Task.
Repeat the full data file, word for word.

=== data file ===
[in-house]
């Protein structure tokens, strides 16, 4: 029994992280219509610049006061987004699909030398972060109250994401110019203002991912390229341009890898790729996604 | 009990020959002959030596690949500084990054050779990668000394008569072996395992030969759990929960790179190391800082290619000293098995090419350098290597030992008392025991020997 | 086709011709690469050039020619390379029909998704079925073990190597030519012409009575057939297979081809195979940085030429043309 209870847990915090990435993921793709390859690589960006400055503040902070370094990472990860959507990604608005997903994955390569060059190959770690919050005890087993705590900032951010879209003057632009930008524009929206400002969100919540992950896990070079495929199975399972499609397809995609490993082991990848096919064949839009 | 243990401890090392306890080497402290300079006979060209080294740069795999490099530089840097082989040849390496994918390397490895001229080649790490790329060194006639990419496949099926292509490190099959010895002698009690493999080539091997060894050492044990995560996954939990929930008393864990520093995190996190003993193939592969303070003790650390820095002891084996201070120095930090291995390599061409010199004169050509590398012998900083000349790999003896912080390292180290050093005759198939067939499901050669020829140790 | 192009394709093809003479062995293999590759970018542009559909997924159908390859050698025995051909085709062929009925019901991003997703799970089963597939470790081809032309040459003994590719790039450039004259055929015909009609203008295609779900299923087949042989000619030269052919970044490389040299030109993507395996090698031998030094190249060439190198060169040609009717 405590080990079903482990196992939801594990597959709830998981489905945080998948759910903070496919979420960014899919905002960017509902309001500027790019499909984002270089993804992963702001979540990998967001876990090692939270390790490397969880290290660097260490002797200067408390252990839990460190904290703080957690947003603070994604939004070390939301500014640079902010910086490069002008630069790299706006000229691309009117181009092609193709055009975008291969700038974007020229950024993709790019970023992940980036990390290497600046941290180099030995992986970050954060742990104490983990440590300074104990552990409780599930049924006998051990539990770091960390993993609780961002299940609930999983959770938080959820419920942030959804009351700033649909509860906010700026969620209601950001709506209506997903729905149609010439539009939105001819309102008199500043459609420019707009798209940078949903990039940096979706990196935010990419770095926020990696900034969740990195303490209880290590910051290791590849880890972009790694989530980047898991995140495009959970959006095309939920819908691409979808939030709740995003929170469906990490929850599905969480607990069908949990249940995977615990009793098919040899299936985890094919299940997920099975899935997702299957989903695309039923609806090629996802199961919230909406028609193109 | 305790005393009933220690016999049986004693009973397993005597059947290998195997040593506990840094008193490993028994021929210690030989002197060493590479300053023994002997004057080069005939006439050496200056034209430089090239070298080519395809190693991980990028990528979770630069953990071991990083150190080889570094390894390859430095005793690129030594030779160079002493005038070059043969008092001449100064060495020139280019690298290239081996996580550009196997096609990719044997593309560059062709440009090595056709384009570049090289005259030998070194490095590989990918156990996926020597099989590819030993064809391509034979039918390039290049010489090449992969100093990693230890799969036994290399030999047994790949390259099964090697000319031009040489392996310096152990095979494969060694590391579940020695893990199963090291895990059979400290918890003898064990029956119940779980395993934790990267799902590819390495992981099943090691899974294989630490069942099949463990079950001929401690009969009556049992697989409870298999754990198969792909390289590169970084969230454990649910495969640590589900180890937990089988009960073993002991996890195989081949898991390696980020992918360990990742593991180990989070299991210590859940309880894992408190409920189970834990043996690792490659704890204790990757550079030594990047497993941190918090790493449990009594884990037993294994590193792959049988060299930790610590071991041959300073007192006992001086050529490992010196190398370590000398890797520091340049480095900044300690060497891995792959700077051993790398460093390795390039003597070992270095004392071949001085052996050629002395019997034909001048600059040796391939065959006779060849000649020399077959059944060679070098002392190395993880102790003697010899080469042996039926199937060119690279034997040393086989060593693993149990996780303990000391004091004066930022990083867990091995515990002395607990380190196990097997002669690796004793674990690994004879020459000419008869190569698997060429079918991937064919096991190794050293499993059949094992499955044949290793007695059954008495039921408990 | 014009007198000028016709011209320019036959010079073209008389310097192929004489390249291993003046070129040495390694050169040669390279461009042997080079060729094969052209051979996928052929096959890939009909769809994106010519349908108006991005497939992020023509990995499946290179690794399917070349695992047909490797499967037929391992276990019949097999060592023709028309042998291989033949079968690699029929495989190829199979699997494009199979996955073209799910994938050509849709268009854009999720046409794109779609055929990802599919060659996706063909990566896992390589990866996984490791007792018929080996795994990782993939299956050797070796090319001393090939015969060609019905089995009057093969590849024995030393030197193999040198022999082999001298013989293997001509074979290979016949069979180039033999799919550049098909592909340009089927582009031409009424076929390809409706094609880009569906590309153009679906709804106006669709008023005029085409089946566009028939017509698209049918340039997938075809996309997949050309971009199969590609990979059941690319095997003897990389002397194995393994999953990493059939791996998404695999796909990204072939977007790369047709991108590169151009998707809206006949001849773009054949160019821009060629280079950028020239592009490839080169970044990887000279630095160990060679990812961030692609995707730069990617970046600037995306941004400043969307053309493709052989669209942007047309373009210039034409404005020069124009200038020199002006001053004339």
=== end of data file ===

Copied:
[in-house]
């Protein structure tokens, strides 16, 4: 029994992280219509610049006061987004699909030398972060109250994401110019203002991912390229341009890898790729996604 | 009990020959002959030596690949500084990054050779990668000394008569072996395992030969759990929960790179190391800082290619000293098995090419350098290597030992008392025991020997 | 086709011709690469050039020619390379029909998704079925073990190597030519012409009575057939297979081809195979940085030429043309 209870847990915090990435993921793709390859690589960006400055503040902070370094990472990860959507990604608005997903994955390569060059190959770690919050005890087993705590900032951010879209003057632009930008524009929206400002969100919540992950896990070079495929199975399972499609397809995609490993082991990848096919064949839009 | 243990401890090392306890080497402290300079006979060209080294740069795999490099530089840097082989040849390496994918390397490895001229080649790490790329060194006639990419496949099926292509490190099959010895002698009690493999080539091997060894050492044990995560996954939990929930008393864990520093995190996190003993193939592969303070003790650390820095002891084996201070120095930090291995390599061409010199004169050509590398012998900083000349790999003896912080390292180290050093005759198939067939499901050669020829140790 | 192009394709093809003479062995293999590759970018542009559909997924159908390859050698025995051909085709062929009925019901991003997703799970089963597939470790081809032309040459003994590719790039450039004259055929015909009609203008295609779900299923087949042989000619030269052919970044490389040299030109993507395996090698031998030094190249060439190198060169040609009717 405590080990079903482990196992939801594990597959709830998981489905945080998948759910903070496919979420960014899919905002960017509902309001500027790019499909984002270089993804992963702001979540990998967001876990090692939270390790490397969880290290660097260490002797200067408390252990839990460190904290703080957690947003603070994604939004070390939301500014640079902010910086490069002008630069790299706006000229691309009117181009092609193709055009975008291969700038974007020229950024993709790019970023992940980036990390290497600046941290180099030995992986970050954060742990104490983990440590300074104990552990409780599930049924006998051990539990770091960390993993609780961002299940609930999983959770938080959820419920942030959804009351700033649909509860906010700026969620209601950001709506209506997903729905149609010439539009939105001819309102008199500043459609420019707009798209940078949903990039940096979706990196935010990419770095926020990696900034969740990195303490209880290590910051290791590849880890972009790694989530980047898991995140495009959970959006095309939920819908691409979808939030709740995003929170469906990490929850599905969480607990069908949990249940995977615990009793098919040899299936985890094919299940997920099975899935997702299957989903695309039923609806090629996802199961919230909406028609193109 | 305790005393009933220690016999049986004693009973397993005597059947290998195997040593506990840094008193490993028994021929210690030989002197060493590479300053023994002997004057080069005939006439050496200056034209430089090239070298080519395809190693991980990028990528979770630069953990071991990083150190080889570094390894390859430095005793690129030594030779160079002493005038070059043969008092001449100064060495020139280019690298290239081996996580550009196997096609990719044997593309560059062709440009090595056709384009570049090289005259030998070194490095590989990918156990996926020597099989590819030993064809391509034979039918390039290049010489090449992969100093990693230890799969036994290399030999047994790949390259099964090697000319031009040489392996310096152990095979494969060694590391579940020695893990199963090291895990059979400290918890003898064990029956119940779980395993934790990267799902590819390495992981099943090691899974294989630490069942099949463990079950001929401690009969009556049992697989409870298999754990198969792909390289590169970084969230454990649910495969640590589900180890937990089988009960073993002991996890195989081949898991390696980020992918360990990742593991180990989070299991210590859940309880894992408190409920189970834990043996690792490659704890204790990757550079030594990047497993941190918090790493449990009594884990037993294994590193792959049988060299930790610590071991041959300073007192006992001086050529490992010196190398370590000398890797520091340049480095900044300690060497891995792959700077051993790398460093390795390039003597070992270095004392071949001085052996050629002395019997034909001048600059040796391939065959006779060849000649020399077959059944060679070098002392190395993880102790003697010899080469042996039926199937060119690279034997040393086989060593693993149990996780303990000391004091004066930022990083867990091995515990002395607990380190196990097997002669690796004793674990690994004879020459000419008869190569698997060429079918991937064919096991190794050293499993059949094992499955044949290793007695059954008495039921408990 | 014009007198000028016709011209320019036959010079073209008389310097192929004489390249291993003046070129040495390694050169040669390279461009042997080079060729094969052209051979996928052929096959890939009909769809994106010519349908108006991005497939992020023509990995499946290179690794399917070349695992047909490797499967037929391992276990019949097999060592023709028309042998291989033949079968690699029929495989190829199979699997494009199979996955073209799910994938050509849709268009854009999720046409794109779609055929990802599919060659996706063909990566896992390589990866996984490791007792018929080996795994990782993939299956050797070796090319001393090939015969060609019905089995009057093969590849024995030393030197193999040198022999082999001298013989293997001509074979290979016949069979180039033999799919550049098909592909340009089927582009031409009424076929390809409706094609880009569906590309153009679906709804106006669709008023005029085409089946566009028939017509698209049918340039997938075809996309997949050309971009199969590609990979059941690319095997003897990389002397194995393994999953990493059939791996998404695999796909990204072939977007790369047709991108590169151009998707809206006949001849773009054949160019821009060629280079950028020239592009490839080169970044990887000279630095160990060679990812961030692609995707730069990617970046600037995306941004400043969307053309493709052989669209942007047309373009210039034409404005020069124009200038020199002006001053004339």